I will be forever grateful that Mechtild took the time to reach out to me across the internet and offer to teach me about Métis history and culture.   In the end she shared not only her knowledge but her friendship; meeting and learning from her was a great gift.  Mechtild has entrusted to me an important part of Métis culture and even though I do not have great skill I know I must now follow her example and reach out to others in a similar way and pass on what I have learned.
Photo by Michael Morin

The Métis Nation Registry – a Thesis by Tara Gereaux

The Métis Nation Registry: Exploring Identity, Meaning, and Culture
A thesis by Tara Gereaux

I’m not quite sure how I found this thesis but reading it proved to be very stimulating and thought-provoking.  Tara Gereaux raises a number of issues; some are things I have been grappling with myself yet others are new thoughts.  She started by interviewing 12 Métis individuals creating an essay “written in a creative non-fiction form intended  to appeal to…..anyone who is interested in or curious about contemporary Métis culture and its (dis)connections to the Métis registry process. Through an intuitive, evocative, and collaborative approach, I hope that readers will connect to the stories that I and my co-researchers shared…”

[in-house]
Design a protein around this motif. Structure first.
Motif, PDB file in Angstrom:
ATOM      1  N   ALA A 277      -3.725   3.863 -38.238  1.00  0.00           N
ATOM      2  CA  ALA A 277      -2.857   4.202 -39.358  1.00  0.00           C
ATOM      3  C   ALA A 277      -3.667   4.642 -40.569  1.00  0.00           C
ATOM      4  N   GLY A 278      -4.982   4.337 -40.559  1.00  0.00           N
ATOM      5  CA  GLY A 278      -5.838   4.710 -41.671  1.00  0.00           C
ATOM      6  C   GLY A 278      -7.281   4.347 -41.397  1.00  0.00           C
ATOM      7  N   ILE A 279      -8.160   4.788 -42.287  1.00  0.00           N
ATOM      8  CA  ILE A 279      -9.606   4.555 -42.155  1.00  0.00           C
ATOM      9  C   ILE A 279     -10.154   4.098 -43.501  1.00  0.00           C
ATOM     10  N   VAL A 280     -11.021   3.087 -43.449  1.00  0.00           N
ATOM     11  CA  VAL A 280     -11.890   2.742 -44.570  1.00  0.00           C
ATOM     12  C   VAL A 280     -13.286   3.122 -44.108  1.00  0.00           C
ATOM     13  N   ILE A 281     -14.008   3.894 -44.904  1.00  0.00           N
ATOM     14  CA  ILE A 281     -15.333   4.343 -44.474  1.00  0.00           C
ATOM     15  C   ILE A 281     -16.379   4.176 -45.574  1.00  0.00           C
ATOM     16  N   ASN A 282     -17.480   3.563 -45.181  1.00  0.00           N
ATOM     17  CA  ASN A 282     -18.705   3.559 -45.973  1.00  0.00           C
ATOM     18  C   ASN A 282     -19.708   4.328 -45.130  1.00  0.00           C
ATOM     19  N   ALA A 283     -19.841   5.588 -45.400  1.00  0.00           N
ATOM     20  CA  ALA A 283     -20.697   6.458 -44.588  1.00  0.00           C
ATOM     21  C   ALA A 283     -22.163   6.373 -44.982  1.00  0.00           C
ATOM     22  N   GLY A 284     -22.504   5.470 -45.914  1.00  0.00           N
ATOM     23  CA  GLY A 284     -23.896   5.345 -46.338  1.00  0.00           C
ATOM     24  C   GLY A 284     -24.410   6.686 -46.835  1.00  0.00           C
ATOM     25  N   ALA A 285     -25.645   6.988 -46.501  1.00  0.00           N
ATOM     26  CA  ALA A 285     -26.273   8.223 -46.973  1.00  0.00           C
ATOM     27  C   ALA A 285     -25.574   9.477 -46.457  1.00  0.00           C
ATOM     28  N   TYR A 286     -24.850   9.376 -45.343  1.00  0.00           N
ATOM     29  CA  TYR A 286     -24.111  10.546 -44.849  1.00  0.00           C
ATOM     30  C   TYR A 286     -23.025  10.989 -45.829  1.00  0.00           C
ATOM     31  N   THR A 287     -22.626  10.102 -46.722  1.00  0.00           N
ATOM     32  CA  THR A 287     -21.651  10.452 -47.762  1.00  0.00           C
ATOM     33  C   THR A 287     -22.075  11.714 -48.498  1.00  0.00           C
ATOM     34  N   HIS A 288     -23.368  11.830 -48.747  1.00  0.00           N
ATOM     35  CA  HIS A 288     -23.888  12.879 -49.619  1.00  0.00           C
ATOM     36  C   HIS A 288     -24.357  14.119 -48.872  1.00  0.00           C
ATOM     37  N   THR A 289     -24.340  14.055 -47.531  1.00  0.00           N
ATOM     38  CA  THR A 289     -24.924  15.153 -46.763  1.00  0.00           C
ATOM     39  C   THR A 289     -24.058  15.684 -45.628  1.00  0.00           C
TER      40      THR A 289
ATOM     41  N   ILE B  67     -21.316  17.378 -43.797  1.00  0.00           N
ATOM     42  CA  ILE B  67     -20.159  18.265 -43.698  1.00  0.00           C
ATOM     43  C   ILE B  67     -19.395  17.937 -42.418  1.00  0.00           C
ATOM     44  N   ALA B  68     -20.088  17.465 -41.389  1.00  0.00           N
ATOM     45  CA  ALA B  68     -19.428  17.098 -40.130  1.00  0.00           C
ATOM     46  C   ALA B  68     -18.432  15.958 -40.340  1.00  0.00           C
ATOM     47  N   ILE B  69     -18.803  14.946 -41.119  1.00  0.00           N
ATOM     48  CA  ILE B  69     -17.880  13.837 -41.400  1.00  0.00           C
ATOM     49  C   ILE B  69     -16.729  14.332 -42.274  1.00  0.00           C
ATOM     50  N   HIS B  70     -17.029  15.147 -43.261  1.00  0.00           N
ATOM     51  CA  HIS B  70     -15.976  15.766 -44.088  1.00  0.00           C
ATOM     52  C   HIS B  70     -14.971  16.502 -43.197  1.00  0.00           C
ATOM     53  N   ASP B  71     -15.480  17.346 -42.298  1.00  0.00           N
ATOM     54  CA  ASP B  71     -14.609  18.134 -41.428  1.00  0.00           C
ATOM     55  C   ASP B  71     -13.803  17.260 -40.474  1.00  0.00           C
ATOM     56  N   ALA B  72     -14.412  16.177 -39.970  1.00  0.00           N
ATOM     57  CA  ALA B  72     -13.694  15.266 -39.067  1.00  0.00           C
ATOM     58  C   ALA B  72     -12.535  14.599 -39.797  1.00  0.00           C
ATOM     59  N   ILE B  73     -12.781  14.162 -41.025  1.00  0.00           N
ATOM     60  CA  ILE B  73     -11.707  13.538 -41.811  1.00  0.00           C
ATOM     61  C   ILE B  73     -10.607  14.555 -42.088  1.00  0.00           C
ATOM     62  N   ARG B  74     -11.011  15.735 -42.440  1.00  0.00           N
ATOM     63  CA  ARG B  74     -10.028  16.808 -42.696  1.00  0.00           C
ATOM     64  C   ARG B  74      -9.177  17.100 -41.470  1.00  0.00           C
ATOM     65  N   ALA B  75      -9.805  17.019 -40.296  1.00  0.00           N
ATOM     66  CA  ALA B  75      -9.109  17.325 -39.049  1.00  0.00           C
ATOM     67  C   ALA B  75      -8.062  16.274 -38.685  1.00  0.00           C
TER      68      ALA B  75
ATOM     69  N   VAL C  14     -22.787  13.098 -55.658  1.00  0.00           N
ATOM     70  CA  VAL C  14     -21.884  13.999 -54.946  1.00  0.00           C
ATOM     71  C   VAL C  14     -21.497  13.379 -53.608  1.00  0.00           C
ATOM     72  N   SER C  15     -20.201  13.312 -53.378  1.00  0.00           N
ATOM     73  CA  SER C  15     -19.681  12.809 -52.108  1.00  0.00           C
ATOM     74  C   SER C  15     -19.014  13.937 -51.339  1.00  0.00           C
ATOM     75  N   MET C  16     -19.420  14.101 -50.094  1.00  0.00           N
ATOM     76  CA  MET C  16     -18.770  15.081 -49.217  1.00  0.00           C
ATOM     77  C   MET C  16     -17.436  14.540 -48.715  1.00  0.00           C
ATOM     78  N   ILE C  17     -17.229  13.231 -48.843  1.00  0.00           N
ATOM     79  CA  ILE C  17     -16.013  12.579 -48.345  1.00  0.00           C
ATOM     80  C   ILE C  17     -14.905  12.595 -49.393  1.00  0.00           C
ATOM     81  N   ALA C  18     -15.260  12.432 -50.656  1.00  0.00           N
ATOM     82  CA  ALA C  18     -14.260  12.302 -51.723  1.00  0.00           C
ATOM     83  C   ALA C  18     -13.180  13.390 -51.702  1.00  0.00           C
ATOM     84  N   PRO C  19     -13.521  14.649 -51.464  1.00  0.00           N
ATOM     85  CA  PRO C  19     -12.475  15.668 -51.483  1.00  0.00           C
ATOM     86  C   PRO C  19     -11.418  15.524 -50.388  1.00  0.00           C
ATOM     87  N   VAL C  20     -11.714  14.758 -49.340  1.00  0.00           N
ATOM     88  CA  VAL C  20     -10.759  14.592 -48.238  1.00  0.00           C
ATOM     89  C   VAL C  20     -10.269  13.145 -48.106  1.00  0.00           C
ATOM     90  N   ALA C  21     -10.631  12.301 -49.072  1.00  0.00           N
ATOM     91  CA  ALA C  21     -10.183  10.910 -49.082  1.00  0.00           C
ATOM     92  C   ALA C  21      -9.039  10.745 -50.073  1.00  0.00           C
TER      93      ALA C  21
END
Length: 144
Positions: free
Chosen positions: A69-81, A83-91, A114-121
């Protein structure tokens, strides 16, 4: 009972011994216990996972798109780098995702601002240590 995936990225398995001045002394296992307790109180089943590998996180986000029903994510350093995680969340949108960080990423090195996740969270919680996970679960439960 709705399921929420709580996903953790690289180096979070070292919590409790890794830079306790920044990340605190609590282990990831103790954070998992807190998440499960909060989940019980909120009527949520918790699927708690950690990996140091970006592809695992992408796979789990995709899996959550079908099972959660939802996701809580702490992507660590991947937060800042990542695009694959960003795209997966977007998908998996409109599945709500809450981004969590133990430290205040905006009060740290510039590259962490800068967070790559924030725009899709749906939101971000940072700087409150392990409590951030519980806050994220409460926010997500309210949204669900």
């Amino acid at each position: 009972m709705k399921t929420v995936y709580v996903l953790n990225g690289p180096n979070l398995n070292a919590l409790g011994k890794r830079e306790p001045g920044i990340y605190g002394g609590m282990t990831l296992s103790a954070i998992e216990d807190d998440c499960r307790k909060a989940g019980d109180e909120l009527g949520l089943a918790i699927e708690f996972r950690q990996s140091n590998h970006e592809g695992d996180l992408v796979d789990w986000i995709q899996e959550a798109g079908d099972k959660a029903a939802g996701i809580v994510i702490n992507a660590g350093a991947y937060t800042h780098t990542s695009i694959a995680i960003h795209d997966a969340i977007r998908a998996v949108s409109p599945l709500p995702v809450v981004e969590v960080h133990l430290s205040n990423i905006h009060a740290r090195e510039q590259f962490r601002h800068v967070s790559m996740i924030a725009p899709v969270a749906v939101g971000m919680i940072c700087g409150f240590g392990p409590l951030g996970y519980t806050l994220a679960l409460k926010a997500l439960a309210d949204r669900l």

I was first struck by the following words:  “And then I think about all those people who have lived their entire lives as Métis. What do they think of people like me? People like me who hardly know a thing about Métis history and culture are now being officially counted. We are changing the geography of the culture.”  Her words reverberated loudly.  I hardly know anything about Métis culture; sure I’ve read almost every book I can get my hands on and I scour the internet for information but I don’t know what being Métis means in practical, everyday living.  And then there was my choice of the name for this blog.  By what right can I call myself a Métis Raconteur?  I’m not a cultural storyteller or recognized as such in the Métis community.  My stories have not been traditional in the sense of passing on culture to my children but they have often been educational or have a moral in some way or another.  Perhaps I’ve taken the liberty of calling myself such.  On the other hand, there are many Métis like me who are only now making sense of their hidden pasts and embracing their culture.  This blog is my way of finding meaning and a sense of belonging to my culture and to a community that I have chosen to embrace.  It is not just the geography of the Métis culture that is changing, it is the entire landscape and fabric of society that is being affected because of our connections through the internet, social media and technology.   It is through telling my own story, those of others and by sharing information about Métis events that one day I hope to earn the right within the community to be recognized as a true Métis Raconteur.